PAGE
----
The 2nd annual WOWHR Global Conference took place on 10th December, 2020. The event provided speakers and attendees alike the opportunity to hear and discuss key themes including those surrounding leadership, employee engagement, and management strategy. Conference moderator Daria Kryachkova, Vice President of HR Management at GMK Norilskiy Nickel, set the tone of the conference with a very insightful opening which questioned:
– What the ideal of leadership should be
– Identifying what is important and essential for employee prosperity
– How business processes and relationships between individuals should change
– And essentially; how to incorporate people into these changes
The unpredictability of 2020, meant that businesses had to develop and use new management models as strategic foundations, in response to often immediate and rising challenges and a changing landscape. Responses often required the implementation of new business tools, and reinvigorated considerations given to CEO and employee wellbeing, remote and digital working, and the digital workplace.
In line with these considerations arose the concept of Unwritten Ground Rules (UGR’s), as discussed and created by the first speaker Steve Simpson; an international speaker, author and change agent.
UGR’s are used to strategically build and improve workplace cultures. This provokes a complex argument as these rules are rarely ever talked about, yet they have been argued to drive the behaviour of individuals. They help to formulate the perceptions individuals have of how things are done in a particular environment. An example of this is automatically leaving a space between yourself and another person (pre-covid), when deciding where to sit in a waiting room. Another example could be putting your phone on silent in the same situation. Where there are no notices outlining these rules, Steve ascertains that they are learnt through life experiences, and are applied whenever people get together, and he argues, they exist in the workplace.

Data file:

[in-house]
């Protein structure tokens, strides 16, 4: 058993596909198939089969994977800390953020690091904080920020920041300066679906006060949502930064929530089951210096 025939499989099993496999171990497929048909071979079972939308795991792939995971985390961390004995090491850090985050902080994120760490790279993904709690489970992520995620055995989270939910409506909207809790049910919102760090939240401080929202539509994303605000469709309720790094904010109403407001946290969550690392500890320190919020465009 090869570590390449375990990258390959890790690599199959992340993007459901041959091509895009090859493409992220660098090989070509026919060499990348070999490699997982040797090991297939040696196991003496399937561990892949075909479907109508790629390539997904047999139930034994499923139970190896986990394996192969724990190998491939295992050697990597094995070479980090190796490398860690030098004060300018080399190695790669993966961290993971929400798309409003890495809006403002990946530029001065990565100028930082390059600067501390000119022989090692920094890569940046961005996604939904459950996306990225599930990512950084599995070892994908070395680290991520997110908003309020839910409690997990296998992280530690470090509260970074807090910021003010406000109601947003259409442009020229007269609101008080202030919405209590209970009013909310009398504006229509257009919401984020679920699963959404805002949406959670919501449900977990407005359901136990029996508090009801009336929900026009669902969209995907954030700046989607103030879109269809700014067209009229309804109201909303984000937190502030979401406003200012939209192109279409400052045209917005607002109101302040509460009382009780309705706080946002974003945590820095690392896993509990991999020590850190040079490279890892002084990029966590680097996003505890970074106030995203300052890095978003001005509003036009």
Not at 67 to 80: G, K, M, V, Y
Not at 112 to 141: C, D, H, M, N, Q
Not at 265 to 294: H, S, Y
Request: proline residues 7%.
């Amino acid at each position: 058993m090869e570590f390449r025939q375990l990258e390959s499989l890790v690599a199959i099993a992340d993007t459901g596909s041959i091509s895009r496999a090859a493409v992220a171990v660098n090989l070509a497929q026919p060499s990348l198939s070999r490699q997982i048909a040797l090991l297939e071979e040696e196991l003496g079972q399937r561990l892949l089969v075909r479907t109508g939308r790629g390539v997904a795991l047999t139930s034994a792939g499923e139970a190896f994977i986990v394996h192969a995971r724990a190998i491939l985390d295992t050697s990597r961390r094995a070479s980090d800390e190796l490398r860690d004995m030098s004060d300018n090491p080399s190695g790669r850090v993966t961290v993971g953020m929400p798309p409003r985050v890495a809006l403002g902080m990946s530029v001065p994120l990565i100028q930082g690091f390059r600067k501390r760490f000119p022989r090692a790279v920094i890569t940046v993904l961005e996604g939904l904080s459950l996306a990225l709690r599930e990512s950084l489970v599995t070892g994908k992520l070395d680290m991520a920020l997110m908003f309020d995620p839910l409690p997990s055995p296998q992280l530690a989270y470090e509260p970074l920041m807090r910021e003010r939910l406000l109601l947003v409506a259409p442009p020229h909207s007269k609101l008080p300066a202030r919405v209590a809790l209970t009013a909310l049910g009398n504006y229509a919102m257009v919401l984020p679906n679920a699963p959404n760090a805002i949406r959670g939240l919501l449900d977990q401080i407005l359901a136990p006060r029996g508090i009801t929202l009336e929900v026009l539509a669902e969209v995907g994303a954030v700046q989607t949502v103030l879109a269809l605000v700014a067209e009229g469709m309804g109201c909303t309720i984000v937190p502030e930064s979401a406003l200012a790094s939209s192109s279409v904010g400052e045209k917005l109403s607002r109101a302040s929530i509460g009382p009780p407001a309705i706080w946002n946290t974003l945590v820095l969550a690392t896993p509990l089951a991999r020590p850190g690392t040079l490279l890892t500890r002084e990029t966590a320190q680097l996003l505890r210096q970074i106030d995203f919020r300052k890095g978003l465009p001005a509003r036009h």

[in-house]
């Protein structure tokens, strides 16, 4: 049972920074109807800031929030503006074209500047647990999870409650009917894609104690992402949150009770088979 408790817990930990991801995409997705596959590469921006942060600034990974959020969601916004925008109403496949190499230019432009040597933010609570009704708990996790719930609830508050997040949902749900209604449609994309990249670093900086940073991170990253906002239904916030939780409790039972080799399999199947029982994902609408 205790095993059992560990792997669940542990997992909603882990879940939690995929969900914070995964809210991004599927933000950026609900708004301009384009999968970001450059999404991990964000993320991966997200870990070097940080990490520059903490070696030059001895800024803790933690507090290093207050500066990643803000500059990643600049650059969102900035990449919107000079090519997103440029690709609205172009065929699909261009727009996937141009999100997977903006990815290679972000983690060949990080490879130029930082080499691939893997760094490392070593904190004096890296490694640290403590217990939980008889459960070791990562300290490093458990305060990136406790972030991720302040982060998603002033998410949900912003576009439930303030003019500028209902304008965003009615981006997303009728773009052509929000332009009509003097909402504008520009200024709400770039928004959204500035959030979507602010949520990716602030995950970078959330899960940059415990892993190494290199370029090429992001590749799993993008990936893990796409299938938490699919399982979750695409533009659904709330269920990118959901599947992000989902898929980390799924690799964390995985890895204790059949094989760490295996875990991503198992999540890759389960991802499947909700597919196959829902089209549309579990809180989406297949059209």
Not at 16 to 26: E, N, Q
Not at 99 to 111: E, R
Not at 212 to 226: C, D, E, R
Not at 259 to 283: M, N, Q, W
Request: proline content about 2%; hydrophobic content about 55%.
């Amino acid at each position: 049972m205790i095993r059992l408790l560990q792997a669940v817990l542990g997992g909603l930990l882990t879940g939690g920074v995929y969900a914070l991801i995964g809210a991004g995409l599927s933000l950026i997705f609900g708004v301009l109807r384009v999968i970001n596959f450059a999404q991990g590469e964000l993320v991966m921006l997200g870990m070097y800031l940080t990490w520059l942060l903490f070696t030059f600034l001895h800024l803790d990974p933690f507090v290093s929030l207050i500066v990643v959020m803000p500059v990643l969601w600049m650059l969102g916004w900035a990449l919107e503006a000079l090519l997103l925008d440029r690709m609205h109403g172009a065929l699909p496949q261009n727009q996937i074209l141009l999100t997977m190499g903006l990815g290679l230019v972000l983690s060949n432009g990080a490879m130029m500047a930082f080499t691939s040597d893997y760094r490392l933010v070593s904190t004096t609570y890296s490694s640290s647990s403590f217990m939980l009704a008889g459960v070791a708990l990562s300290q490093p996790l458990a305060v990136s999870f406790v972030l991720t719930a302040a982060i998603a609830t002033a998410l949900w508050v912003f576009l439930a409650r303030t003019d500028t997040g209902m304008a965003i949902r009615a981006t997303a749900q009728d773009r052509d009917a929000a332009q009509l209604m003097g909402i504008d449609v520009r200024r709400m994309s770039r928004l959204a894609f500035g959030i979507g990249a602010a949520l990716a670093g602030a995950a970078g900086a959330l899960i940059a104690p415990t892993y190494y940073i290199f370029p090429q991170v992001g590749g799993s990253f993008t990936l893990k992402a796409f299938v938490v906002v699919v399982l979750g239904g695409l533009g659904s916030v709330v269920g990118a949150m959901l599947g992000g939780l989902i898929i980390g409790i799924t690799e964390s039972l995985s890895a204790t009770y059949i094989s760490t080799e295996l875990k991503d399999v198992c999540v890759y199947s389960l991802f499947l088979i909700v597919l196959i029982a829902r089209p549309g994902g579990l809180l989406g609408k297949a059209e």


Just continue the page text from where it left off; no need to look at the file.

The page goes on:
A good UGR test is a new employee. New employees are able to pick up on cues and clues in the workplace, department or company, and compare them with the company’s representation or public image. This could help to identify whether the company operates in line with their own ethos and values, while also revealing the workplace culture and UGR’s that exist there.
Rather than isolating, subduing and dictating employee behaviour, Steve determines that when formulated by good intent and being constructive, UGR’s could be of great benefit within a business, and for employee wellbeing.
Karen Leong, transformation thought leader, in discussing the future of leadership and HR, introduced the concept of empowering people to take ownership of their own problems. As a leader, a shift in thinking is encouraged from solving problems, to helping people solve problems. The argument of looking down at the problem, to looking up at the person so they look at the problem and solve it themselves, is an interesting concept. It is also one that has been argued to result in an inspiring team, and even more inspiring leaders. Consequently if implemented, leaders could attain a better work/ life balance, including more time to focus on the strategic aspects of the business.
Debra Corey, Chief Pay it Forward Officer at DebCo HR, highlighted the importance of engaging your workforce during these challenging times in 2 ways, through:
– strong culture
– strong connections
She demonstrated the essential elements of being resilient, and able to pivot and adapt in these areas. Strong connections can be initiated through getting to know people, and building relationships.
This could be helped Debra argues, through a more flexible working approach; which is demonstrated to be multi-faceted in its benefits. Some of which include improved engagement, wellbeing and productivity. Irrespective of the changing circumstances and in reflection upon previous outcomes, it is important to figure out how to support this in the long run.
According to Debra, a shift in what has been defined as employee engagement has occurred. This denotes a move from diversity, inclusion and belonging, towards weaving this into everything your company does; into an engagement programme.
Despite the individual differences between our organisations and workforces, it is important to dedicate some quality time towards considering and tailoring an engagement programme and methodology, that complements your individual organisation and workforce.
Author: Laurice Laird